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Mol Ecol Resour. 2017 Sep;17(5):1072-1089. doi: 10.1111/1755-0998.12629. Epub 2016 Nov 28.

High performance computation of landscape genomic models including local indicators of spatial association.

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Laboratory of Geographic Information Systems (LASIG), School of Architecture, Civil and Environmental Engineering (ENAC), Ecole Polytechnique Fédérale de Lausanne (EPFL), 1015, Lausanne, Switzerland.
School of Biosciences, Cardiff University, Sir Martin Evans Building, Cardiff, CF10 3AX, UK.
Nicholas School of the Environment, University Program in Ecology, Duke University, Durham, NC, 27708, USA.
BioDNA - Centro di Ricerca sulla Biodiversità e sul DNA Antico, Istituto di Zootecnica, Università Cattolica del S. Cuore, via E. Parmense 84, 29100, Piacenza, Italy.
Department of Zoology, Entomology and Fisheries Sciences, College of Natural Sciences, Makerere University, Box 7062, Kampala, Uganda.
Associazione Italiana Allevatori, 00161, Roma, Italy.
Division of Biological Sciences, University of Montana, Missoula, MT, 59812, USA.
Laboratoire d'Ecologie Alpine (LECA), CNRS, Grenoble, 38000, France.
Laboratoire d'Ecologie Alpine (LECA), Univ. Grenoble Alpes, Grenoble, 38000, France.


With the increasing availability of both molecular and topo-climatic data, the main challenges facing landscape genomics - that is the combination of landscape ecology with population genomics - include processing large numbers of models and distinguishing between selection and demographic processes (e.g. population structure). Several methods address the latter, either by estimating a null model of population history or by simultaneously inferring environmental and demographic effects. Here we present samβada, an approach designed to study signatures of local adaptation, with special emphasis on high performance computing of large-scale genetic and environmental data sets. samβada identifies candidate loci using genotype-environment associations while also incorporating multivariate analyses to assess the effect of many environmental predictor variables. This enables the inclusion of explanatory variables representing population structure into the models to lower the occurrences of spurious genotype-environment associations. In addition, samβada calculates local indicators of spatial association for candidate loci to provide information on whether similar genotypes tend to cluster in space, which constitutes a useful indication of the possible kinship between individuals. To test the usefulness of this approach, we carried out a simulation study and analysed a data set from Ugandan cattle to detect signatures of local adaptation with samβada, bayenv, lfmm and an FST outlier method (FDIST approach in arlequin) and compare their results. samβada - an open source software for Windows, Linux and Mac OS X available at - outperforms other approaches and better suits whole-genome sequence data processing.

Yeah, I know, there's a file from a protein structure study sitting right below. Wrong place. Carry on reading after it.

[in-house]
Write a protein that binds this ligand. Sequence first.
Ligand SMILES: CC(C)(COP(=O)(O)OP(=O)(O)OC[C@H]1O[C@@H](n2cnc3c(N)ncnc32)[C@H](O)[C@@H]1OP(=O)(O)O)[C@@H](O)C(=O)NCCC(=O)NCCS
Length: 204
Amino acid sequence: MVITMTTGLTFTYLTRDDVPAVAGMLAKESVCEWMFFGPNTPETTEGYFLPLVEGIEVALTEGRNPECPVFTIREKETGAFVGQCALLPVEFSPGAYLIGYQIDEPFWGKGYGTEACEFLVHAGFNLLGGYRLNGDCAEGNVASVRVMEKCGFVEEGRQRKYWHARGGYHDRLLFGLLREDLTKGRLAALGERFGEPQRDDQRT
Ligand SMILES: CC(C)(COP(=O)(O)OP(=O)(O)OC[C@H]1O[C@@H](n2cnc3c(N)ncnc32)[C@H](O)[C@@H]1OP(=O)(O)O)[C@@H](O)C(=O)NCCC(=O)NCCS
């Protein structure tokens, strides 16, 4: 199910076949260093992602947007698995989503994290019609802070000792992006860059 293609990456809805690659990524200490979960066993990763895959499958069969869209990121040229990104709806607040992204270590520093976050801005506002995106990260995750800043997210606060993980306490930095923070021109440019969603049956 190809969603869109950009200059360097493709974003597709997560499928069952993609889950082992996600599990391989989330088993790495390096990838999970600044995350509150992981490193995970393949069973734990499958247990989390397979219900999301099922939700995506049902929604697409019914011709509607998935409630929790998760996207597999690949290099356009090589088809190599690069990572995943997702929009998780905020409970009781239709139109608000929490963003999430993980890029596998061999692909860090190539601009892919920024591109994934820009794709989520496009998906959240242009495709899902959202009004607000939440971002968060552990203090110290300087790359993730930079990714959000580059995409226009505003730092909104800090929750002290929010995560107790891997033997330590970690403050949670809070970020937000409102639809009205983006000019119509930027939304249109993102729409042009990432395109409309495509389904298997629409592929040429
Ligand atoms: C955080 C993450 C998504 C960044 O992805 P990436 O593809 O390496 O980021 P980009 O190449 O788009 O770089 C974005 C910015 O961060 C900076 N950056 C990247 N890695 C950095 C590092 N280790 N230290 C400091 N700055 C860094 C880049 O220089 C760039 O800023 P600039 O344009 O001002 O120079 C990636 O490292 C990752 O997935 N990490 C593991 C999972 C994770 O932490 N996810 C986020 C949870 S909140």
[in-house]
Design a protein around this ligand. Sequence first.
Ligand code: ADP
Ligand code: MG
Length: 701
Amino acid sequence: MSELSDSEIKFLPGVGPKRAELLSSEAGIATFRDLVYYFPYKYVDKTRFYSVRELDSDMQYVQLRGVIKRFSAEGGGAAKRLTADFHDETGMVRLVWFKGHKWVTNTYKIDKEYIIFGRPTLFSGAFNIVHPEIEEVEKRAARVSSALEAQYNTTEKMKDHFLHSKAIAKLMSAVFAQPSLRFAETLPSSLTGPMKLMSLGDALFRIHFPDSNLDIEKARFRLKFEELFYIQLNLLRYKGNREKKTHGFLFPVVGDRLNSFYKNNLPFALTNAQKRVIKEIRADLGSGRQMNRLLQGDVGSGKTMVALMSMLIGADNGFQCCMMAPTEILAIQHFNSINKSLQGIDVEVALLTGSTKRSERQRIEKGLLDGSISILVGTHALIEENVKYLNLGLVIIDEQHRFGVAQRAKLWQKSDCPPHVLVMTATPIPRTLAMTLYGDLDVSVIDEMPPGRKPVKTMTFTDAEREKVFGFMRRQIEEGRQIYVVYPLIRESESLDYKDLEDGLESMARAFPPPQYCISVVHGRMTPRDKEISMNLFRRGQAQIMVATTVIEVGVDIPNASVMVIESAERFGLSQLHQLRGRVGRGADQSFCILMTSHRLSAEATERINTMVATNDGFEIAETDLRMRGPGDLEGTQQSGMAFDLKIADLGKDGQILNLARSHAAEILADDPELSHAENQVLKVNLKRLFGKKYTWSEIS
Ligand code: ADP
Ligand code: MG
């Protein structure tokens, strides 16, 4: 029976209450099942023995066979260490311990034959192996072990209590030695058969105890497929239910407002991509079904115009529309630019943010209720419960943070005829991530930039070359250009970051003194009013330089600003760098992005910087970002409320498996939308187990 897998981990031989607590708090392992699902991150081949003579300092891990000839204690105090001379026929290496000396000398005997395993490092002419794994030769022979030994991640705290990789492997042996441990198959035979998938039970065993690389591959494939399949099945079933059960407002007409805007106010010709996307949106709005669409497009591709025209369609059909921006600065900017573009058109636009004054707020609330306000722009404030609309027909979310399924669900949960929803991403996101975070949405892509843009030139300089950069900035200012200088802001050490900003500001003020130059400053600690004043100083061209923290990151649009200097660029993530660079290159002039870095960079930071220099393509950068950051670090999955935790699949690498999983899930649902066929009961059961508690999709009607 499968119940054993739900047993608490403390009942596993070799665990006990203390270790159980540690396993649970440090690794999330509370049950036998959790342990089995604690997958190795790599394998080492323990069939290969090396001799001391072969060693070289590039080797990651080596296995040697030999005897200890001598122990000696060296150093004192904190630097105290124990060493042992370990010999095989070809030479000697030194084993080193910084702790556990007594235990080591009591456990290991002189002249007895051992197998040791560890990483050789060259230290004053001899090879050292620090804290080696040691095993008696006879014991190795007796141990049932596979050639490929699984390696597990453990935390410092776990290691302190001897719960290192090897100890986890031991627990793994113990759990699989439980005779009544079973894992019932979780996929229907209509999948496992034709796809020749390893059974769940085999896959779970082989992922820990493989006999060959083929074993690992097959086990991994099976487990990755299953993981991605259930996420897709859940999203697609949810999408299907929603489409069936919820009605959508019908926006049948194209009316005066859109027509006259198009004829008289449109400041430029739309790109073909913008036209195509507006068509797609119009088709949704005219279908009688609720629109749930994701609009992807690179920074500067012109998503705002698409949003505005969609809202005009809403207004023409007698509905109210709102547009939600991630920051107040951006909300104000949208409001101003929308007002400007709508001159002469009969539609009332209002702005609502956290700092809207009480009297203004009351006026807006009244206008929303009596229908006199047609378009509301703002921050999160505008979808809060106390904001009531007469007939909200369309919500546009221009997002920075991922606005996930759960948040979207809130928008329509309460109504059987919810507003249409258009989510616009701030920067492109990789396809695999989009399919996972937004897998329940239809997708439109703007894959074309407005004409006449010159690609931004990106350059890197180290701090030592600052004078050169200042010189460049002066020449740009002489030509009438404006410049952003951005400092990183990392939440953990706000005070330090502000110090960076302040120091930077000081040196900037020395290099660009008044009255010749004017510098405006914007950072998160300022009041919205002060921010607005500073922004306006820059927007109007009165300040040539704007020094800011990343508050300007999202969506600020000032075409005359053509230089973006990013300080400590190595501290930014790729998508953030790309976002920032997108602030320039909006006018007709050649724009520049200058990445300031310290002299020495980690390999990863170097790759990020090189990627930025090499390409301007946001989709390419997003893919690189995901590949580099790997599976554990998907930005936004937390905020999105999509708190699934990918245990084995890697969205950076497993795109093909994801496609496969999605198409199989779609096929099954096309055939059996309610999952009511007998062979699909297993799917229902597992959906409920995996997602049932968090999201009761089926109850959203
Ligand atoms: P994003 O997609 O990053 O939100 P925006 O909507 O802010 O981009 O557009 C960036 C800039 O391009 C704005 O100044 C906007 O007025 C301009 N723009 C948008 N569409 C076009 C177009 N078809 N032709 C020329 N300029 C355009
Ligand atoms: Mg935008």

environmental correlations; genome scans; high performance computing; landscape genomics; local adaptation; spatial autocorrelation

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